Washington: President Donald Trump thanked Chinese President Xi Jinping by tweet on Wednesday for his hospitality in Beijing, using his favourite communications platform for the first time in a nation that generally denies western social media to its own people.
“On behalf of @FLOTUS Melania and I, THANK YOU for an unforgettable afternoon and evening at the Forbidden City in Beijing, President Xi and Madame Peng Liyuan. We are looking forward to rejoining you tomorrow morning," Trump tweeted.
Whether Trump should tweet from China was the subject of consternation in the run-up to his trip to Asia, raising concerns about cybersecurity, diplomacy, business issues and human rights.
The White House convened internal discussions and tapped US counter intelligence officials to consult on the matter before the president left on the trip last week, said a person familiar with the discussions who spoke on the condition of anonymity.
But with his tweet from Beijing on Wednesday, Trump answered at least one question—pernicious state control of communications networks won’t hinder him.
China blocks Twitter for most of its citizens, though people with access to virtual private networks, or VPNs, have been able to bypass social media restrictions despite government efforts to crack down on the practice.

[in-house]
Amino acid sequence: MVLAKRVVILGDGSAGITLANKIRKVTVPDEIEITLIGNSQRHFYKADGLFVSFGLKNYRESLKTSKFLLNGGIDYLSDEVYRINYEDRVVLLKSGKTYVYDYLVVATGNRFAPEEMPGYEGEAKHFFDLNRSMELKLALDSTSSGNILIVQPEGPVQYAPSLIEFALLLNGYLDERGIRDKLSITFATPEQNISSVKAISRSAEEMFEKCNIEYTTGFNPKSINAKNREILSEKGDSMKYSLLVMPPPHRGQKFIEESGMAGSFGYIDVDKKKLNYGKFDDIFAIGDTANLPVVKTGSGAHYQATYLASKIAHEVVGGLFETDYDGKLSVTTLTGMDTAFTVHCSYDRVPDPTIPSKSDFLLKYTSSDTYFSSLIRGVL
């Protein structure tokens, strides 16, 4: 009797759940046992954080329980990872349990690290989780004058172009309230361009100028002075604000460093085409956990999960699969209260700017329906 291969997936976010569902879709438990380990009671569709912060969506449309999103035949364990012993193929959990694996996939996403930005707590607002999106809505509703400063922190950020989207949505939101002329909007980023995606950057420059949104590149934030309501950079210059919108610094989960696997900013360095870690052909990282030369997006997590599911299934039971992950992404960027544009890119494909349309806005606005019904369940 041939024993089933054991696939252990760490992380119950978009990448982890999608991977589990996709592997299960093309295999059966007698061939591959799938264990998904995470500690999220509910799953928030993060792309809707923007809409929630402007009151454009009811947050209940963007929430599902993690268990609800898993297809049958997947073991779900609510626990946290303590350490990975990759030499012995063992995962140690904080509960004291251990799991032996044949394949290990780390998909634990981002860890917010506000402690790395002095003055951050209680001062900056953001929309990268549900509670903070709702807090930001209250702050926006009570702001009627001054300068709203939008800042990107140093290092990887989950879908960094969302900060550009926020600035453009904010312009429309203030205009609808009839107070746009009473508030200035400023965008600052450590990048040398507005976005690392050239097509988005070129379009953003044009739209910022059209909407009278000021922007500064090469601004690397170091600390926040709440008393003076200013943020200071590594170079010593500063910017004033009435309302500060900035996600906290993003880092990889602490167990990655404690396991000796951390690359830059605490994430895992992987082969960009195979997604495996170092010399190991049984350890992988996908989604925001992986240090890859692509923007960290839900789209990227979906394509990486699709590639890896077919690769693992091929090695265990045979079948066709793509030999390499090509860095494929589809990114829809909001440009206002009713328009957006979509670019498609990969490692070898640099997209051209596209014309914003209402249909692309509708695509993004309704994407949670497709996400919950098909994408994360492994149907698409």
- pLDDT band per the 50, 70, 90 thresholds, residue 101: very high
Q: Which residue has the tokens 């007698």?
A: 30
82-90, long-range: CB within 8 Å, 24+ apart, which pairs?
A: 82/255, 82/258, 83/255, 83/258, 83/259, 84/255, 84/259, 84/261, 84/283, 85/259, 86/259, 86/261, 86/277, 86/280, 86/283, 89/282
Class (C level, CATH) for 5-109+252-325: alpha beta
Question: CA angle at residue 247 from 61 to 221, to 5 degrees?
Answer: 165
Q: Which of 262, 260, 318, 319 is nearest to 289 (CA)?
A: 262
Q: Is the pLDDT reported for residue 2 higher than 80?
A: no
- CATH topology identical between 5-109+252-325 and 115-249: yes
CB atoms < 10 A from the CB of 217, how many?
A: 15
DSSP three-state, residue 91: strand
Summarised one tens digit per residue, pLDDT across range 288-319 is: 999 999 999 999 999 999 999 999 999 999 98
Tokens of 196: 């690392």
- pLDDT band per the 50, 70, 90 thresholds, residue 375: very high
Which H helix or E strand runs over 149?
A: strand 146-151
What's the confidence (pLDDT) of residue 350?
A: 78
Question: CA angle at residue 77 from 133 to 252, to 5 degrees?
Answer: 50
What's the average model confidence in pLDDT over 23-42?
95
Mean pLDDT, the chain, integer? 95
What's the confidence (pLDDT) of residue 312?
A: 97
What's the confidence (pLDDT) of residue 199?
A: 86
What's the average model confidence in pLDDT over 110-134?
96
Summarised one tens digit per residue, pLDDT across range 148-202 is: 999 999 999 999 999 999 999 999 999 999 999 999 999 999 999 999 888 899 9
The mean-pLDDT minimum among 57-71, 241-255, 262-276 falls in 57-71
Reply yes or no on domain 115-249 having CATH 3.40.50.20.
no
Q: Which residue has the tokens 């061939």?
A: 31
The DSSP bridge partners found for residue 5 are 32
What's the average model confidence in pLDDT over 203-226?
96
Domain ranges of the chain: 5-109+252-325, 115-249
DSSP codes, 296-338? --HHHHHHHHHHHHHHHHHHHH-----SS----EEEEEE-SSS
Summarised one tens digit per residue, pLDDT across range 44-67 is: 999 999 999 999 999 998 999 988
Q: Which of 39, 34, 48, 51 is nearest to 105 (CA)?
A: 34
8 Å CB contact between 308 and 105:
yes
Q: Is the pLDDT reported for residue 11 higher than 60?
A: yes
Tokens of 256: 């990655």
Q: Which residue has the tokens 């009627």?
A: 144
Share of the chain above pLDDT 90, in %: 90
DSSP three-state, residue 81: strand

China has occasionally allowed brief access to social media sites like Facebook and Twitter when it hosts international summits.
And Chinese President Xi Jinping’s government has made Twitter available to various high-level foreigners, said Adam Segal, director of the Digital and Cyberspace Policy Program with the Council on Foreign Relations. Ahead of Trump’s arrival, he said, the Chinese government had signalled that if Trump wanted to tweet, no one would stop him.
Trump tweeted from South Korea using his iPhone. But his first China tweet, as well as a subsequent tweet from Beijing warning North Korea “DO NOT TRY US", were sent from a web browser, not Twitter’s iPhone app, according to Tweetdeck.
Staff travelling with the president were advised to leave their personal cellphones behind and instead carry travel phones, people familiar with the matter said.
“Most people worried about security—when they go to China, they don’t bring their own phones, or bring a burner phone," Segal said. “On the security side, I assume they’d prefer he didn’t use his phone."